Short Story Excerpt
My new found friend’s name was Greg, and he was one year younger from Royal Oak. The name of that city sounded impressive to me, coming from the village of Breckenridge. Greg said nonchalantly, “I often go to the Detroit Zoo or a Tiger baseball game with my dad.” I thought Greg was the luckiest kid in Michigan to be able to see the Tigers play baseball, ride the Ferris wheel at Belle Isle amusement park, and visit the Detroit Zoo anytime his heart desired. It was simply amazing.
After viewing the dead mud puppy we swam, and took turns standing on our heads underwater. I said, “I know where there’s a creek full of fish and minnows, do you want to go see it?”
“Yes! My dad has a minnow net, maybe we could catch some minnows and try to sell them to fishermen,” Greg said with the entrepreneurial wisdom of a city kid. My new business partner and I headed down the trail beside the stand of tall white pines and birch, with nets flopping over our heads, to begin our new money-making adventure together.
The creek was a little deeper than I expected, and I didn’t want to drown. I laid flat on the ground on my stomach at the edge, and Greg held my ankles to prevent me falling into the whirling eddy. “Hang on tight,” I shouted. “I don’t want to slide down this slippery embankment.” The noise of the water running over the dam was loud enough to require loud shouts and hand signals. I cast the minnow net into the water that we pasted with bread crumbs and the minnows went for it sure fire. “Pull it up quickly”, cried Greg. As I retrieved the net, it was chock full of flipping, flopping minnows. After several rounds of this we had a large Styrofoam container full of beautiful minnows.
“Let’s take them to the boat landing, maybe a fisherman will buy them there,” I said. Greg and I carried the heavy container of minnows down the path towards the boat landing, giving the minnows a turbulent voyage. We frequently stopped to rest and survey our catch. We finally arrived at the boat landing as a fisherman was launching his boat. “Mister, would you like to buy some minnows for bait”, we inquired? I’m sure our eyes were full of hope.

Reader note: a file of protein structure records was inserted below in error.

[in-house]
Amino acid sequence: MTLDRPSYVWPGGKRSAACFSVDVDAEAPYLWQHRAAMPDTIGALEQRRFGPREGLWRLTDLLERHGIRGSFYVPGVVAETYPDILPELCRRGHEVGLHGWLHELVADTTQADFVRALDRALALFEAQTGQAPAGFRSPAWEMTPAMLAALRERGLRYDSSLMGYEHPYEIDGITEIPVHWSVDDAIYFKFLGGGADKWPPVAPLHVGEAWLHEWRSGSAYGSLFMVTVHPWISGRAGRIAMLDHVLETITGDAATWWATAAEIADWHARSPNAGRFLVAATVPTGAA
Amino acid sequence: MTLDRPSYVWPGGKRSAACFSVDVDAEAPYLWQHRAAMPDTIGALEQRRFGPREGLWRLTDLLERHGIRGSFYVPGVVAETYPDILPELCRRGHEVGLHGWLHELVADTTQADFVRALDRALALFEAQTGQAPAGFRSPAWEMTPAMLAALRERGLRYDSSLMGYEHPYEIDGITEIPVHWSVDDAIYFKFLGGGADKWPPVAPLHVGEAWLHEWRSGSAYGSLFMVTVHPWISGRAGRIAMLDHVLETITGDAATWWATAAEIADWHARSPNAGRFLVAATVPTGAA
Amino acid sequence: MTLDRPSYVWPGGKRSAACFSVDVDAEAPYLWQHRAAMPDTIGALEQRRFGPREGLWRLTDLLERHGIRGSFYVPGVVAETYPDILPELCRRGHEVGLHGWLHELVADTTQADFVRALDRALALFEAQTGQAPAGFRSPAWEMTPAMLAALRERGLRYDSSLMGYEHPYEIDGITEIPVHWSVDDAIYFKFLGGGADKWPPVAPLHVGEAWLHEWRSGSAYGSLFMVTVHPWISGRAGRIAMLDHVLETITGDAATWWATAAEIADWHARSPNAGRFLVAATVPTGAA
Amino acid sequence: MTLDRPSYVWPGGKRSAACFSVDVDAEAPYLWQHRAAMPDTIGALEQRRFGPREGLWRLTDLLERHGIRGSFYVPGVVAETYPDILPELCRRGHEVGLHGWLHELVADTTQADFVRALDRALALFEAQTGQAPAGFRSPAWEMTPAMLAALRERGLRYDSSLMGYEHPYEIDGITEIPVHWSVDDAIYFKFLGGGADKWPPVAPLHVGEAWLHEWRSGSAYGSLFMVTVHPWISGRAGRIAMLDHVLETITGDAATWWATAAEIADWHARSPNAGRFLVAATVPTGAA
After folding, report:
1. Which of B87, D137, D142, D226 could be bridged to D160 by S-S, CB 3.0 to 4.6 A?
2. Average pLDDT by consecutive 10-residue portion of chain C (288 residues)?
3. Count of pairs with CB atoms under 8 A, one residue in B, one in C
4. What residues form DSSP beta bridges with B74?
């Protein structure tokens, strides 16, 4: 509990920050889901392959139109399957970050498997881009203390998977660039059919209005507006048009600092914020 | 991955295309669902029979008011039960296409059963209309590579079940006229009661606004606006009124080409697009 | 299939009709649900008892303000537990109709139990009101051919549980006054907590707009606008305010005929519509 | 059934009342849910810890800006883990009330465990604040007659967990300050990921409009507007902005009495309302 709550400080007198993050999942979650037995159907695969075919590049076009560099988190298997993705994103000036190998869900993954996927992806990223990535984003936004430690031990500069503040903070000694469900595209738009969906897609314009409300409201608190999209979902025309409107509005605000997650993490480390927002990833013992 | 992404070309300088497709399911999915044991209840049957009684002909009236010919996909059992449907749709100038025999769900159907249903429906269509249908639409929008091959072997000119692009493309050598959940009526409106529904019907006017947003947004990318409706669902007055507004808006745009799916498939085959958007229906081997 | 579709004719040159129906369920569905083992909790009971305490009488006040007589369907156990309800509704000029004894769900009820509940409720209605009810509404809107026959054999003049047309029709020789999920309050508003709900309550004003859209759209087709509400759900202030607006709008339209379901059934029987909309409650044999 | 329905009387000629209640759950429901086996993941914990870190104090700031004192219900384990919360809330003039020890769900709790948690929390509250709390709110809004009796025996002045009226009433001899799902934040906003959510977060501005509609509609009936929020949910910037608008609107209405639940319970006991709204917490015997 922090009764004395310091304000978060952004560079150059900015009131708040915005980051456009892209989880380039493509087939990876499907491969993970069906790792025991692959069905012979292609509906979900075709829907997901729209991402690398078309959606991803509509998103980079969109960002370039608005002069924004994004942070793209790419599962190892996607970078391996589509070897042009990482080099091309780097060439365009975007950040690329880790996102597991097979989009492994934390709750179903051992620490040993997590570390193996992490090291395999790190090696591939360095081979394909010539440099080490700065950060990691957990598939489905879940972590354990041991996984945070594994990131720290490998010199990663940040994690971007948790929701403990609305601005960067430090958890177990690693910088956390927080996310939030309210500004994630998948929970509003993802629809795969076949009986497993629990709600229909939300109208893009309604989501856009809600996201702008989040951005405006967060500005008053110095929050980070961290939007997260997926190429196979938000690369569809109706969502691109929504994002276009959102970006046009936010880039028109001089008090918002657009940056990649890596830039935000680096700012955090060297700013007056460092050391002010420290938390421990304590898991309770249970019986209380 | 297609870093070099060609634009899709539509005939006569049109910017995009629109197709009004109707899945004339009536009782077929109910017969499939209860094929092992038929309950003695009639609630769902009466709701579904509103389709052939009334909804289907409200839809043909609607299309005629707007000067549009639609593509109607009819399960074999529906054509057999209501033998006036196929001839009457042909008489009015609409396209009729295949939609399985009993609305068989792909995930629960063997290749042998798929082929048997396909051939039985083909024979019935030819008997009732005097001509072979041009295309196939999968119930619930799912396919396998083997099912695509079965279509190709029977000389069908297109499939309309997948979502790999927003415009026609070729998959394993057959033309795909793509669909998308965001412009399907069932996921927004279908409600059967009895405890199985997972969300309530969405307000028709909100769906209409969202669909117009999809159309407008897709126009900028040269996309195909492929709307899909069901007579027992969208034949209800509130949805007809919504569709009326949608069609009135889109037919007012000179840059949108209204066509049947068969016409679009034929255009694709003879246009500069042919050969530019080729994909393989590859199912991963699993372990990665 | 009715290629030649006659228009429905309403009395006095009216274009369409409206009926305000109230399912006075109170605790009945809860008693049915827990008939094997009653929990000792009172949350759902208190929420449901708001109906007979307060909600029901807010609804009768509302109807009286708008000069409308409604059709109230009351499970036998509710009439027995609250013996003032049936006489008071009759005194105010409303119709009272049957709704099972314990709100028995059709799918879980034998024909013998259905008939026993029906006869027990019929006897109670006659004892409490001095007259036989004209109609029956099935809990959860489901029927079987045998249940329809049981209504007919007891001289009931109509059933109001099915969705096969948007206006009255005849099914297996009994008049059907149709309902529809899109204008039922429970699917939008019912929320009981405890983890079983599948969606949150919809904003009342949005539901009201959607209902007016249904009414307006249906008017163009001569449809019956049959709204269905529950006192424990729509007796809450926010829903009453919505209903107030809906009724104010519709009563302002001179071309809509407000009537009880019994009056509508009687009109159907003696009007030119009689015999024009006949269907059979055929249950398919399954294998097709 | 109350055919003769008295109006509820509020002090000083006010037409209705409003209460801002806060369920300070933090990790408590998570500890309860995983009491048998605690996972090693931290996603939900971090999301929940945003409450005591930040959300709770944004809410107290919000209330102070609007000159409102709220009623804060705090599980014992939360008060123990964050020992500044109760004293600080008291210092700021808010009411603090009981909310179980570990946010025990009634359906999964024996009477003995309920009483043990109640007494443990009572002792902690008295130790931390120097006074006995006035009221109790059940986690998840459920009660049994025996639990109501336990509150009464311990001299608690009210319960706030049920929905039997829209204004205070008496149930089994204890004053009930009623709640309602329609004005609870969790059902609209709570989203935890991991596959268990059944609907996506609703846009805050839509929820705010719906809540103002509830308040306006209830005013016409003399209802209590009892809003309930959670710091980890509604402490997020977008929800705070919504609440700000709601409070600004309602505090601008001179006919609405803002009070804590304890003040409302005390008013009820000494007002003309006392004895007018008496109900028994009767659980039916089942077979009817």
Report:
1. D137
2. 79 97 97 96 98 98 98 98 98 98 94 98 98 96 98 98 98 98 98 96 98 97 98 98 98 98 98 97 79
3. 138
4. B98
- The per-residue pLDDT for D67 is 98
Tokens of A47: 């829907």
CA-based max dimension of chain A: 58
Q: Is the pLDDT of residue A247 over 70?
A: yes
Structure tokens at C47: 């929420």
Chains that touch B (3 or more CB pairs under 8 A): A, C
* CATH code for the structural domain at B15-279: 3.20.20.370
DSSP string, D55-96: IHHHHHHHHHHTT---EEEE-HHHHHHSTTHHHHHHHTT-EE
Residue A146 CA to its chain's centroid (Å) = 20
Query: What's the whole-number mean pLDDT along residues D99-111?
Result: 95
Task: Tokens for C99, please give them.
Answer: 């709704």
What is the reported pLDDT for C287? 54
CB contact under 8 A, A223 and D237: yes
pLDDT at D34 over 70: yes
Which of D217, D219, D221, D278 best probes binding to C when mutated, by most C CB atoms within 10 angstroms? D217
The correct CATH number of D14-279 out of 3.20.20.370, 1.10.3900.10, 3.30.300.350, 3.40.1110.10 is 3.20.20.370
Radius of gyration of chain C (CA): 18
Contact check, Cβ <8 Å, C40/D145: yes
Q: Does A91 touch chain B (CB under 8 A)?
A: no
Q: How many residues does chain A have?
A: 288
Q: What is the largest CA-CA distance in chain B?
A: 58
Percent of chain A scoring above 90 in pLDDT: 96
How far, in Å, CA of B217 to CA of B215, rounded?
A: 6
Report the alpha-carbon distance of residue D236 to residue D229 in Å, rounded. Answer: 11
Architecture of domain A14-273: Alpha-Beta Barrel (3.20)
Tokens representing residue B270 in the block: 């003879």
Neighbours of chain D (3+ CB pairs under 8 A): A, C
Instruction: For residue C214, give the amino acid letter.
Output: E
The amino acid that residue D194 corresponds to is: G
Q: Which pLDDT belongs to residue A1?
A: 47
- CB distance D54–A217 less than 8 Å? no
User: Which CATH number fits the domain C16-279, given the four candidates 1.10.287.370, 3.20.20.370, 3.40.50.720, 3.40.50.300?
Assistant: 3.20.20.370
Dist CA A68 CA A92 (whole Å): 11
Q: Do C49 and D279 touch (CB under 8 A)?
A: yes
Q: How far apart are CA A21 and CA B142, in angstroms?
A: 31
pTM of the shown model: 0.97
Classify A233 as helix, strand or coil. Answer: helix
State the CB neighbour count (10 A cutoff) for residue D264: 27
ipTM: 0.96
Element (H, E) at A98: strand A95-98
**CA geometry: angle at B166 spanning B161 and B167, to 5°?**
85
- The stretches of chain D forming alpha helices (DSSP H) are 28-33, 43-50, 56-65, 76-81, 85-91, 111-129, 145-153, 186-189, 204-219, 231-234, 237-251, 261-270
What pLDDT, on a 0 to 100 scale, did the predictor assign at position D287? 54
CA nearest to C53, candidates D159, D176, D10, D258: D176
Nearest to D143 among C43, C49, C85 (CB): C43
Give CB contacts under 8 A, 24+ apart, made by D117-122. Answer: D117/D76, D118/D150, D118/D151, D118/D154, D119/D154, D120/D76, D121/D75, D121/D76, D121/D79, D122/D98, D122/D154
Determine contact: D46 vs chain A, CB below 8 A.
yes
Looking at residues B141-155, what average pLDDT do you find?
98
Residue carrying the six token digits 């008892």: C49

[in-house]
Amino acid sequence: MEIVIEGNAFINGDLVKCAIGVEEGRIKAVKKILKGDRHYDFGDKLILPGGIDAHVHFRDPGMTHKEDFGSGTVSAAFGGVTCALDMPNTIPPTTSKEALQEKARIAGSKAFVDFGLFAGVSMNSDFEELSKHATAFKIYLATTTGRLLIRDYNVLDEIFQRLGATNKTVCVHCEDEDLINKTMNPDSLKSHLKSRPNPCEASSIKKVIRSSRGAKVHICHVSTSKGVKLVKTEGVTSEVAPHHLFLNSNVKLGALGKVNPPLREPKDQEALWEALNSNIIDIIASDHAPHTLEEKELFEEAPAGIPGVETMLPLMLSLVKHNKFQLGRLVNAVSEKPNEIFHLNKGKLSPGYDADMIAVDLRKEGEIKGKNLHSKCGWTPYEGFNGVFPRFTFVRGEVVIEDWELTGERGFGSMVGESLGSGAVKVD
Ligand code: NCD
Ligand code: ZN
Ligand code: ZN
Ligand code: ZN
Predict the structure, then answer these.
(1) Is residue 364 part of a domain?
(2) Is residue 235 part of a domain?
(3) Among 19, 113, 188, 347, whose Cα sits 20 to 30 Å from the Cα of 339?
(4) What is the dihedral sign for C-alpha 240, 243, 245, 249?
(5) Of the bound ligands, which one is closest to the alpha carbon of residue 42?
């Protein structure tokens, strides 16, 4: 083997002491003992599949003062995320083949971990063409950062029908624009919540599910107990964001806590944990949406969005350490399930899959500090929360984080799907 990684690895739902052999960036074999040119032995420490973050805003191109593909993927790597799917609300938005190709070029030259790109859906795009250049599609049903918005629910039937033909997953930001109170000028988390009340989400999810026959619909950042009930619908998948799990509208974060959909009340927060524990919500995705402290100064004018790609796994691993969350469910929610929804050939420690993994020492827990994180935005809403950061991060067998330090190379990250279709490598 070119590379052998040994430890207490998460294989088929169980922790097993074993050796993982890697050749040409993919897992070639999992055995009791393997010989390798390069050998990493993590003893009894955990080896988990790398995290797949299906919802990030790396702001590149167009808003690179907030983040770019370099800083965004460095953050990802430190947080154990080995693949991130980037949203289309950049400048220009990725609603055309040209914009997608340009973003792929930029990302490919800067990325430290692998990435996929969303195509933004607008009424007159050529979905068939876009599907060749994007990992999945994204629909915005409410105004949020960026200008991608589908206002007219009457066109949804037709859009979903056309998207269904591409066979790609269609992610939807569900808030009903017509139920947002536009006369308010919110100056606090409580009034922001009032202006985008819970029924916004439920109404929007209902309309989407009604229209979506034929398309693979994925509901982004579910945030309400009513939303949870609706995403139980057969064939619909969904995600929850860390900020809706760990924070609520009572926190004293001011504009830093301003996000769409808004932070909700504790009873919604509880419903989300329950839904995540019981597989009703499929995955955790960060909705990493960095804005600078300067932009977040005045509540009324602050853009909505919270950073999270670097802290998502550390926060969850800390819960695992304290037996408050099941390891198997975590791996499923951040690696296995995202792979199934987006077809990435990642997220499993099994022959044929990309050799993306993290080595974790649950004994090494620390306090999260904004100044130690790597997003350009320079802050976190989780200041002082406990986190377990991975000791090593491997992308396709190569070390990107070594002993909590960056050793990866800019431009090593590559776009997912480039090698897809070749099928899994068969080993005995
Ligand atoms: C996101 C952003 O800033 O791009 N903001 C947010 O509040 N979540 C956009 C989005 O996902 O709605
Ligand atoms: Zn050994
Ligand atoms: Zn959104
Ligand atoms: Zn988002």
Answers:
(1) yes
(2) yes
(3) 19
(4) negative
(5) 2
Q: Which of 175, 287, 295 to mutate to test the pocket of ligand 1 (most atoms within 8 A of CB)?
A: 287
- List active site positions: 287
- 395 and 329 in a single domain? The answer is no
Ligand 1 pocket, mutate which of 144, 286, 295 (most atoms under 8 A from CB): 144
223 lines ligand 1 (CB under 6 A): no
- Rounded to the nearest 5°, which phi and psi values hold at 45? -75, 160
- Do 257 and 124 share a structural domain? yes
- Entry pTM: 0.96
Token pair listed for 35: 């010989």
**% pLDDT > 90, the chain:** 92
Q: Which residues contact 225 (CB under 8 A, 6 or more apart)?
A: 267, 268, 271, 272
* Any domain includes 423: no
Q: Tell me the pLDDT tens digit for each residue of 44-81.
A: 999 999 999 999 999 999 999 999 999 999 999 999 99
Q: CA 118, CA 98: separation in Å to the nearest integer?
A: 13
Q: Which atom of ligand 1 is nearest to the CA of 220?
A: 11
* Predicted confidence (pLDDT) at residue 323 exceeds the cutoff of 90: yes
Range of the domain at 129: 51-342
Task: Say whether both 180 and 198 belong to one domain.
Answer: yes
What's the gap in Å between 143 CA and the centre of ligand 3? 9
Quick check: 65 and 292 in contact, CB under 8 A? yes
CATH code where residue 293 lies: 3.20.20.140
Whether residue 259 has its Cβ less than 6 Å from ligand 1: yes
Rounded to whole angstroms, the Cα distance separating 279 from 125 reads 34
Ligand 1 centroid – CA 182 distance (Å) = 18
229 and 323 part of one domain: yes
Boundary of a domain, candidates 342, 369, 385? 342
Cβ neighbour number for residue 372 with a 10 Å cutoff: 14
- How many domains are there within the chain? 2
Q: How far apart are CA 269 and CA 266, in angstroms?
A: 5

“How much are your minnows?” questioned the man, leaning over the Styrofoam container judiciously inspecting our catch.
“They’re twenty five cents for 10,” I informed him. I was dubious as to whether that was too high a price.
Without hesitation, the fisherman pulled out a ten dollar bill and said, “I’ll take all of them.” Greg and I must have had to pick up our jaws off the ground. At that moment, I had the most money in my hand ever in my life. Years later, it would dawn on me that generous fisherman paid us more than double what he owed. We split the money and indulged ourselves at the park store to buy candy treats. I noticed a pretty ashtray of blue and gold glaze in the shape of a maple leaf. My mother’s birthday was near and blue was her favorite color. I impulsively decided to buy the blue ashtray for her birthday. It didn’t even cross my mind that she wasn’t a smoker and nobody in our family smoked. Why wouldn’t she need an ashtray?